Zwicky, F. (1940) Types of novae. Reviews of Modern Physics, 12 (1). pp. 66-85. ISSN 0034-6861. http://resolver.caltech.edu/CaltechAUTHORS:ZWIrmp40
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A general classification of novae in terms of integral parameters is proposed. It is shown in particular that the distribution of novae in dependence on the intrinsic luminosity at maximum brightness reveals the existence of two distinct classes, designated as common novae and supernovae. In Section (A) the usefulness of the study of temporary stars in comparison with the study of permanent stars is discussed. Sections (B) and (C) give a tentative classification of novae in terms of integral parameters as well as a brief tabulation of some of the observational data on these parameters. In the course of this discussion a number of interesting problems suggest themselves. Among them the problems of the primary and secondary images of novae and of supernovae and the investigation of the final states of temporary stars are of particular interest. In (D) some approximate relations among the integral parameters are described. In (E) the frequency of occurrence n(M) of novae in dependence on their absolute magnitude M is explicitly established and graphically represented. The fundamental significance of the fact is emphasized that the function n(M) has two pronounced maxima. In (F) the importance of the fact is analyzed that supernovae preferably appear in those parts of nebulae whose surface brightness is low. Two outstanding cases of supernovae which are located in points of excessively low surface brightness are reproduced in Fig. 3. In Section (G) it is shown that the average frequency of occurrence of supernovae in different types of nebulae does not depend essentially on the type. In Section (H) a number of reasons are advanced which appear to be sufficient to rule out the assumption of collisions between luminous stars as a cause for supernovae. Finally in Section (I) a review is given of the decisive observations and considerations which have resulted in the recognition of supernovae as a separate class of temporary stars.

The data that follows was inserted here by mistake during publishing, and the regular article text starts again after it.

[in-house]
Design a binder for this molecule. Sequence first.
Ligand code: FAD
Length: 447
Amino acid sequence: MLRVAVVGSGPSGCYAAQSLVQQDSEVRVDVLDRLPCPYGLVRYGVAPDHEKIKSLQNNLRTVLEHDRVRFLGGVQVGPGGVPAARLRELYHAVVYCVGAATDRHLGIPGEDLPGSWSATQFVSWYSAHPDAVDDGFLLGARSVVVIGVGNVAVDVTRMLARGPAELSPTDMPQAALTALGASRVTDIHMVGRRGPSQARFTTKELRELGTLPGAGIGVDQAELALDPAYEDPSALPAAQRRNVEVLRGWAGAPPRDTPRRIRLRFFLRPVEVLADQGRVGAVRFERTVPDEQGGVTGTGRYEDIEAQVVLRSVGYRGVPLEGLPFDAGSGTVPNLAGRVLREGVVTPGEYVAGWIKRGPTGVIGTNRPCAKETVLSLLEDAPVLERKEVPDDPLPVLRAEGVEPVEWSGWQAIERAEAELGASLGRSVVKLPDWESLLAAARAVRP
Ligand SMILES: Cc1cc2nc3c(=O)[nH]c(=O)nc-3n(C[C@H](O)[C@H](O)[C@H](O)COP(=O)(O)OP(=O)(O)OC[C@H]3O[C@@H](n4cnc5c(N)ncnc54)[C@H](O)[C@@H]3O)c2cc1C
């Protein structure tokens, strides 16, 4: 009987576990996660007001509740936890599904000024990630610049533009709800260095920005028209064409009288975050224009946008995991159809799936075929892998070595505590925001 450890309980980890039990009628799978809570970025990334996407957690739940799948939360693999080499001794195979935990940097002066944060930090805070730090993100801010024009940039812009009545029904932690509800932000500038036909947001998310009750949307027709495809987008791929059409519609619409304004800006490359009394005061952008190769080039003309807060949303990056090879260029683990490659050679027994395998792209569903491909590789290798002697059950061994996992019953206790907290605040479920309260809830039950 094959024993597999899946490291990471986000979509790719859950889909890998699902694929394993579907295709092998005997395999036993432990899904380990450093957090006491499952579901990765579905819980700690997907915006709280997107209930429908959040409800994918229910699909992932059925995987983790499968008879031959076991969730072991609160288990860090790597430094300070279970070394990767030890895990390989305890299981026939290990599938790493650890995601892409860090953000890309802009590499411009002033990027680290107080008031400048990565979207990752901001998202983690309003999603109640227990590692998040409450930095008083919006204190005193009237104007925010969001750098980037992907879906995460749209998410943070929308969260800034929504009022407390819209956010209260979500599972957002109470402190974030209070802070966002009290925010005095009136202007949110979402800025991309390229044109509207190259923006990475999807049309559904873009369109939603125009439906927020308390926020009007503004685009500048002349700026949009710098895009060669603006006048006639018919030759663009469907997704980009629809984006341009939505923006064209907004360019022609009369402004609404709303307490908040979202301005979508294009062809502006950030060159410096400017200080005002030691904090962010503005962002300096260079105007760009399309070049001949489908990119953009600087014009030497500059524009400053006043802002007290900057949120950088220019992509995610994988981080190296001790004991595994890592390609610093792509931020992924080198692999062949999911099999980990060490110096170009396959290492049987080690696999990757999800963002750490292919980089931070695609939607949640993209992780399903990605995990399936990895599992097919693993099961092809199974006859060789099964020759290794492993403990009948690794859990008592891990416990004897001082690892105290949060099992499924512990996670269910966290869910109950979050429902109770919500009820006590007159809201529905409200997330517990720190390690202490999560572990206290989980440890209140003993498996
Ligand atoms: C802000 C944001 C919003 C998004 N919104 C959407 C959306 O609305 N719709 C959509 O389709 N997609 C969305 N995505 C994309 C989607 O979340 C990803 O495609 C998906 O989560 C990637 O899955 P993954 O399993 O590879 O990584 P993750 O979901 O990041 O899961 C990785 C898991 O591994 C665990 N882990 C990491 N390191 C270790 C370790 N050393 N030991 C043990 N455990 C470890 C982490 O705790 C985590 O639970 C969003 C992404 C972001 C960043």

|Additional Information:||©1940 The American Physical Society. I am indebted to Dr. Walter S. Adams, Director of the Mt. Wilson Observatory for the permission to reproduce two of the photographs taken with the 100-inch telescope. I also wish to thank Mr. Edison Hoge of the Mt. Wilson Observatory for the enlargements of the photographs and their arrangement in the plate. This paper which was oroginally sent to the Physical Review has been transferred to the Reviews of Modern Physics at the suggestion of the editors.|
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|Deposited By:||Lindsay Cleary|
|Deposited On:||07 Sep 2006|
|Last Modified:||26 Dec 2012 09:01|
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